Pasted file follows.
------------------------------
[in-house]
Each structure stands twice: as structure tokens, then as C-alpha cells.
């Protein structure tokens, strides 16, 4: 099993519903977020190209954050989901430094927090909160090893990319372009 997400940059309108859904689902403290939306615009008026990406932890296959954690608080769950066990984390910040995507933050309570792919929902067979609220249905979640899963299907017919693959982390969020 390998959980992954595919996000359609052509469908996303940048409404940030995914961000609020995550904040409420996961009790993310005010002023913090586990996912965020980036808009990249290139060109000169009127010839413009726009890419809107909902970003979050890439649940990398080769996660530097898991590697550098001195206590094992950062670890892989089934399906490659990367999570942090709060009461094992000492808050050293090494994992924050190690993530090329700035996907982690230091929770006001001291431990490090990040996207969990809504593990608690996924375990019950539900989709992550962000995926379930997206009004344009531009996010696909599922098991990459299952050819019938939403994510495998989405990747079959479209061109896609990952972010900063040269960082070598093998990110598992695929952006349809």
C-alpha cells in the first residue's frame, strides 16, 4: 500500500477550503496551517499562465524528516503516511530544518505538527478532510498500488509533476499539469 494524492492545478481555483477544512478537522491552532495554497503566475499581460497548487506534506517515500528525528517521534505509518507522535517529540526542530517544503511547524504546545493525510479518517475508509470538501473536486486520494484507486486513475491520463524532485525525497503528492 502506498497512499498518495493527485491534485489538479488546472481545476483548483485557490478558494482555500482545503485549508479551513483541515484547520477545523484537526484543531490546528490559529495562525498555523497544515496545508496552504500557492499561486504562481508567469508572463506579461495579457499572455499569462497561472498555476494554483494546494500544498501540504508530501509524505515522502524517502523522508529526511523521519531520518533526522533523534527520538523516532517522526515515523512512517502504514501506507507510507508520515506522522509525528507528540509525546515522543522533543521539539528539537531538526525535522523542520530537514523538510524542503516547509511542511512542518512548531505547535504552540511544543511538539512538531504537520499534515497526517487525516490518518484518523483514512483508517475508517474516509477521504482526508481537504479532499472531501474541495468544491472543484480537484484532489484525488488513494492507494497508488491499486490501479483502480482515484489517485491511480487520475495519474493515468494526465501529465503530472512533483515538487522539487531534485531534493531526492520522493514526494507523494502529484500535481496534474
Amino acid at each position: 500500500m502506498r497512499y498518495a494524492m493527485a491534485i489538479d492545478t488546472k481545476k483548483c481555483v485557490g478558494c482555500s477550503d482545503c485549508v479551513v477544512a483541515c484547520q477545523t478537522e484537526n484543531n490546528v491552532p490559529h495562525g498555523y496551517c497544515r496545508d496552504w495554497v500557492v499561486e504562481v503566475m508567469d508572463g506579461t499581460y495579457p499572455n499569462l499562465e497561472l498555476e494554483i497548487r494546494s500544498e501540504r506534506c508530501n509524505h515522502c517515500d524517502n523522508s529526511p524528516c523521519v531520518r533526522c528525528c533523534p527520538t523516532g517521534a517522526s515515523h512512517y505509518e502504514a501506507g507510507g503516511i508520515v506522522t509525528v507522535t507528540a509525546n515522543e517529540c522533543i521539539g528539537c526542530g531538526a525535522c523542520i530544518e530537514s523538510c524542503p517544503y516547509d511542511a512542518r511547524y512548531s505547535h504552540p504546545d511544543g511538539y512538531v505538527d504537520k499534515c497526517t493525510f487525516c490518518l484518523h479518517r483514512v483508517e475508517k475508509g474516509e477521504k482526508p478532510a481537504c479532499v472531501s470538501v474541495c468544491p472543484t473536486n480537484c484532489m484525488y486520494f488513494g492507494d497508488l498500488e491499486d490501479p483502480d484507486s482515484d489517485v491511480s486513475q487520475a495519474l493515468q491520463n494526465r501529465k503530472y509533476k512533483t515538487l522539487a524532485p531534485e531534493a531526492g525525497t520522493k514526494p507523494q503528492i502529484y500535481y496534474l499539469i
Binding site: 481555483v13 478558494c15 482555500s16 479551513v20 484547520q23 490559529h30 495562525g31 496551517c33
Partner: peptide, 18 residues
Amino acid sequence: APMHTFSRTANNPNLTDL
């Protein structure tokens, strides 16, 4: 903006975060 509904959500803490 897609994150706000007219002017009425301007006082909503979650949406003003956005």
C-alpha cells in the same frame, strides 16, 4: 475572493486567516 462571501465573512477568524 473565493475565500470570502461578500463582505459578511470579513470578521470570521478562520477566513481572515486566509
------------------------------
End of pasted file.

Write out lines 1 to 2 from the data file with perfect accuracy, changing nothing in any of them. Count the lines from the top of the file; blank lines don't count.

[in-house]
Each structure stands twice: as structure tokens, then as C-alpha cells.